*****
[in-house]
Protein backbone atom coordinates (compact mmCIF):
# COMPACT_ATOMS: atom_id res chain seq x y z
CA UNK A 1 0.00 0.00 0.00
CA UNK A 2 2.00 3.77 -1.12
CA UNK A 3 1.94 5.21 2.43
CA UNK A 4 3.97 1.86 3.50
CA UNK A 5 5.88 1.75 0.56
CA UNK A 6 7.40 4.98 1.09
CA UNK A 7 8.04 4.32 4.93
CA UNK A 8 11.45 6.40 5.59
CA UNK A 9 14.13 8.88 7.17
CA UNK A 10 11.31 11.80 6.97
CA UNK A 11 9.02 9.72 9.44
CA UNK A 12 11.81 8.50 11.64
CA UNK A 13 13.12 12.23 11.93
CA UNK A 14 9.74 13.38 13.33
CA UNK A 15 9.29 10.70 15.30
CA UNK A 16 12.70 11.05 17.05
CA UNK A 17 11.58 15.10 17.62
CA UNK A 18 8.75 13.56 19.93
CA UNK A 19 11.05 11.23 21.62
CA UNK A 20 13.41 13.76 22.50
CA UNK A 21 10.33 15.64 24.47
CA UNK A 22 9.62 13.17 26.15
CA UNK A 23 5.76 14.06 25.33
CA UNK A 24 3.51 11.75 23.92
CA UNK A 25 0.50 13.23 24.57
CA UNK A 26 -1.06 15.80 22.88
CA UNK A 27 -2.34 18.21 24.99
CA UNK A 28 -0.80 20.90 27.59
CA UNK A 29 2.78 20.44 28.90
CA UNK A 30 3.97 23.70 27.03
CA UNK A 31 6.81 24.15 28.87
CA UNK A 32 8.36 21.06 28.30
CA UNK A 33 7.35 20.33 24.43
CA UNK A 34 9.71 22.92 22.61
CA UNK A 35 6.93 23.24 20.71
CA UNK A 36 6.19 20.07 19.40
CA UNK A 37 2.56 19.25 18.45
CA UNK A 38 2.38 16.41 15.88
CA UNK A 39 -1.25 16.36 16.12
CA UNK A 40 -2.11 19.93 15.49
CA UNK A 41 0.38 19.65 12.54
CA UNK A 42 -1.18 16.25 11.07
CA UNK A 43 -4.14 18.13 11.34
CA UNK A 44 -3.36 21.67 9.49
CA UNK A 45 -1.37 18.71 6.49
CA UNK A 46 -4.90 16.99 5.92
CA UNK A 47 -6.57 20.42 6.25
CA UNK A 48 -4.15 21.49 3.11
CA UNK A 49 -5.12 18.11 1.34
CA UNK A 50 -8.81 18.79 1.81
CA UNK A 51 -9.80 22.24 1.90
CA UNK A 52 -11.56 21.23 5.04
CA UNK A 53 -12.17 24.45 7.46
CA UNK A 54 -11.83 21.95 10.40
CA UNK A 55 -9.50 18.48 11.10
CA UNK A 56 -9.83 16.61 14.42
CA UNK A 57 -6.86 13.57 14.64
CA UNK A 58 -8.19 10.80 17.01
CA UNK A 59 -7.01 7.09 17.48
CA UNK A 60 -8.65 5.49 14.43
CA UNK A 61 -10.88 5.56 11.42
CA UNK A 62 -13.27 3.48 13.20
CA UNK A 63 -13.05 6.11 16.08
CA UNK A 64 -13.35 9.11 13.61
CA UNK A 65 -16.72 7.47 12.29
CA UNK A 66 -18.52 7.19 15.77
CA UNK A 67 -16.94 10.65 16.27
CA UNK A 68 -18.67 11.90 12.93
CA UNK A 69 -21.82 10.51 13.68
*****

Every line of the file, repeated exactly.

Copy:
[in-house]
Protein backbone atom coordinates (compact mmCIF):
# COMPACT_ATOMS: atom_id res chain seq x y z
CA UNK A 1 0.00 0.00 0.00
CA UNK A 2 2.00 3.77 -1.12
CA UNK A 3 1.94 5.21 2.43
CA UNK A 4 3.97 1.86 3.50
CA UNK A 5 5.88 1.75 0.56
CA UNK A 6 7.40 4.98 1.09
CA UNK A 7 8.04 4.32 4.93
CA UNK A 8 11.45 6.40 5.59
CA UNK A 9 14.13 8.88 7.17
CA UNK A 10 11.31 11.80 6.97
CA UNK A 11 9.02 9.72 9.44
CA UNK A 12 11.81 8.50 11.64
CA UNK A 13 13.12 12.23 11.93
CA UNK A 14 9.74 13.38 13.33
CA UNK A 15 9.29 10.70 15.30
CA UNK A 16 12.70 11.05 17.05
CA UNK A 17 11.58 15.10 17.62
CA UNK A 18 8.75 13.56 19.93
CA UNK A 19 11.05 11.23 21.62
CA UNK A 20 13.41 13.76 22.50
CA UNK A 21 10.33 15.64 24.47
CA UNK A 22 9.62 13.17 26.15
CA UNK A 23 5.76 14.06 25.33
CA UNK A 24 3.51 11.75 23.92
CA UNK A 25 0.50 13.23 24.57
CA UNK A 26 -1.06 15.80 22.88
CA UNK A 27 -2.34 18.21 24.99
CA UNK A 28 -0.80 20.90 27.59
CA UNK A 29 2.78 20.44 28.90
CA UNK A 30 3.97 23.70 27.03
CA UNK A 31 6.81 24.15 28.87
CA UNK A 32 8.36 21.06 28.30
CA UNK A 33 7.35 20.33 24.43
CA UNK A 34 9.71 22.92 22.61
CA UNK A 35 6.93 23.24 20.71
CA UNK A 36 6.19 20.07 19.40
CA UNK A 37 2.56 19.25 18.45
CA UNK A 38 2.38 16.41 15.88
CA UNK A 39 -1.25 16.36 16.12
CA UNK A 40 -2.11 19.93 15.49
CA UNK A 41 0.38 19.65 12.54
CA UNK A 42 -1.18 16.25 11.07
CA UNK A 43 -4.14 18.13 11.34
CA UNK A 44 -3.36 21.67 9.49
CA UNK A 45 -1.37 18.71 6.49
CA UNK A 46 -4.90 16.99 5.92
CA UNK A 47 -6.57 20.42 6.25
CA UNK A 48 -4.15 21.49 3.11
CA UNK A 49 -5.12 18.11 1.34
CA UNK A 50 -8.81 18.79 1.81
CA UNK A 51 -9.80 22.24 1.90
CA UNK A 52 -11.56 21.23 5.04
CA UNK A 53 -12.17 24.45 7.46
CA UNK A 54 -11.83 21.95 10.40
CA UNK A 55 -9.50 18.48 11.10
CA UNK A 56 -9.83 16.61 14.42
CA UNK A 57 -6.86 13.57 14.64
CA UNK A 58 -8.19 10.80 17.01
CA UNK A 59 -7.01 7.09 17.48
CA UNK A 60 -8.65 5.49 14.43
CA UNK A 61 -10.88 5.56 11.42
CA UNK A 62 -13.27 3.48 13.20
CA UNK A 63 -13.05 6.11 16.08
CA UNK A 64 -13.35 9.11 13.61
CA UNK A 65 -16.72 7.47 12.29
CA UNK A 66 -18.52 7.19 15.77
CA UNK A 67 -16.94 10.65 16.27
CA UNK A 68 -18.67 11.90 12.93
CA UNK A 69 -21.82 10.51 13.68